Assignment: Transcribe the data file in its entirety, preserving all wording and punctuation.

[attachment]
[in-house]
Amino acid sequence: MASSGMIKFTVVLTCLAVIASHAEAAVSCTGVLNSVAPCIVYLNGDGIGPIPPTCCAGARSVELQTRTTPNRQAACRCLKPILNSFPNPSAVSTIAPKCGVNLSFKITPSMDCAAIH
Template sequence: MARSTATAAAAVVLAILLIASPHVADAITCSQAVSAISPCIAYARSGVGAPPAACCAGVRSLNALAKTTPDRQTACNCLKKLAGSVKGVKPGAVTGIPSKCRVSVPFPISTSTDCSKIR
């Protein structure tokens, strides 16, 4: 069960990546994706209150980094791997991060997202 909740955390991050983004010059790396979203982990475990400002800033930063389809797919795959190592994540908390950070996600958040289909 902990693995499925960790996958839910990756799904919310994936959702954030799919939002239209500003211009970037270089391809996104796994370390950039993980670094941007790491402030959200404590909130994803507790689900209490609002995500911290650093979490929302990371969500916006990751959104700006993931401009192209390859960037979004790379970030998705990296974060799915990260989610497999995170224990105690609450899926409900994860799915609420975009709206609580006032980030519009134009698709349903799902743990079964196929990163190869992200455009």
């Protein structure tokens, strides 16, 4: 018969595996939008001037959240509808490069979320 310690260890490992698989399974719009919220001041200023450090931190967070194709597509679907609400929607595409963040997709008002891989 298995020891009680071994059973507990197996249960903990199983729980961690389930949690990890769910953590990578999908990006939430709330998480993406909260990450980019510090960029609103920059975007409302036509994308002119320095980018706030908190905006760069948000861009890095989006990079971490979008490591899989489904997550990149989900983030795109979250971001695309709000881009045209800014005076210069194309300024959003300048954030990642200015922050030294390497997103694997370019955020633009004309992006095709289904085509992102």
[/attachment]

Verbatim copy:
[in-house]
Amino acid sequence: MASSGMIKFTVVLTCLAVIASHAEAAVSCTGVLNSVAPCIVYLNGDGIGPIPPTCCAGARSVELQTRTTPNRQAACRCLKPILNSFPNPSAVSTIAPKCGVNLSFKITPSMDCAAIH
Template sequence: MARSTATAAAAVVLAILLIASPHVADAITCSQAVSAISPCIAYARSGVGAPPAACCAGVRSLNALAKTTPDRQTACNCLKKLAGSVKGVKPGAVTGIPSKCRVSVPFPISTSTDCSKIR
């Protein structure tokens, strides 16, 4: 069960990546994706209150980094791997991060997202 909740955390991050983004010059790396979203982990475990400002800033930063389809797919795959190592994540908390950070996600958040289909 902990693995499925960790996958839910990756799904919310994936959702954030799919939002239209500003211009970037270089391809996104796994370390950039993980670094941007790491402030959200404590909130994803507790689900209490609002995500911290650093979490929302990371969500916006990751959104700006993931401009192209390859960037979004790379970030998705990296974060799915990260989610497999995170224990105690609450899926409900994860799915609420975009709206609580006032980030519009134009698709349903799902743990079964196929990163190869992200455009």
């Protein structure tokens, strides 16, 4: 018969595996939008001037959240509808490069979320 310690260890490992698989399974719009919220001041200023450090931190967070194709597509679907609400929607595409963040997709008002891989 298995020891009680071994059973507990197996249960903990199983729980961690389930949690990890769910953590990578999908990006939430709330998480993406909260990450980019510090960029609103920059975007409302036509994308002119320095980018706030908190905006760069948000861009890095989006990079971490979008490591899989489904997550990149989900983030795109979250971001695309709000881009045209800014005076210069194309300024959003300048954030990642200015922050030294390497997103694997370019955020633009004309992006095709289904085509992102």